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What is the meaning of Tet, the biggest festival in Vietnam
To regard Tet simply as New Year's Day, as one would in the West, would display a poor knowledge of the people of Vietnam.
In spite of its impressive credentials, the Gregorian New Year has not been generally accepted in Vietnam, in the countryside in particular. Our people pay it a courteous homage but reserve their heart and soul for the traditional Tet.
Tet falls sometime between the last ten days of January and the middle part of February.
For a nation of farmers attached to the land for millennia, it has always been a festival marking the communion of man with nature. In the flow of seasons it is a pause during which both the field and the tiller enjoy some rest after twelve months of labor. In this period of universal renewal the Vietnamese man feels surging within himself a fountain of youth. That feeling explains many fine customs: in the New Year all action should be pure and beautiful for it may be an omen foretelling events in the twelve months that follow.
For three days, one takes extra care not to show anger and not to be rude to people. The most nagging mother-in-law will make peace with her daughter-in-law; a quarreling couple will smile pleasantly at each other; the new world should be the best of worlds. When the holiday ends, people will resume their activities in a new spirit following so-called opening rituals in which the ploughman will open the first furrow, the official applies his seal to the first document, the scholar trace the first character with his pen brush, the trader receives his first customer.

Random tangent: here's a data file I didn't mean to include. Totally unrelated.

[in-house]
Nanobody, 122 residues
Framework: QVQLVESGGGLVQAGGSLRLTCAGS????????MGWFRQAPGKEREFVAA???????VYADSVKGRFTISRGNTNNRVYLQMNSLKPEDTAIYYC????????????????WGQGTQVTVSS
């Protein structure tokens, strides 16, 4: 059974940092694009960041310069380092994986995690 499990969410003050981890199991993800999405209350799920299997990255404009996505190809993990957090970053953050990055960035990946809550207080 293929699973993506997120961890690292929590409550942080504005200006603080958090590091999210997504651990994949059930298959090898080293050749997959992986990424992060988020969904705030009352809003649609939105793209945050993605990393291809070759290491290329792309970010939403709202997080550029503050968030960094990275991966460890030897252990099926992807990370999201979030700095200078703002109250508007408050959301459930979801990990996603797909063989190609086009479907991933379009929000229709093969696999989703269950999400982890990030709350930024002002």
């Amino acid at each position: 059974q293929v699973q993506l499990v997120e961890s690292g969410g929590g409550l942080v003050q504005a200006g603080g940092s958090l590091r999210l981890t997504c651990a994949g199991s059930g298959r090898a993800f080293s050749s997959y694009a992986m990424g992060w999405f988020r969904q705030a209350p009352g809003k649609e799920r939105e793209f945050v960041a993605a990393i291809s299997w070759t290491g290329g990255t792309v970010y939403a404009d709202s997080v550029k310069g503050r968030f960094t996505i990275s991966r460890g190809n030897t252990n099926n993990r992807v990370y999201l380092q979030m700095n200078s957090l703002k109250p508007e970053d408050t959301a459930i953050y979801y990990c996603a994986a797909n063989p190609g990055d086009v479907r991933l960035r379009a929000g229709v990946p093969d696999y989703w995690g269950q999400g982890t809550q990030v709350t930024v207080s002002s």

As a rule, all members of the extended family try to spend the holiday (the idiom used is to "eat Tet") together under the same roof. Children vow to be well-behaved and are often given gifts of cash wrapped in red paper. Several times a day, joss-sticks are lit on the family altar and offerings made of food, fresh water, flowers and betel. Family graves are visited, generally, before the end of the 'outgoing' year; fences are mended and the burial mounds tidied up.
The Vietnamese Tet is an occasion for an entire people to share a common ideal of peace, concord and mutual love. I know of no communal celebration with more humanistic character.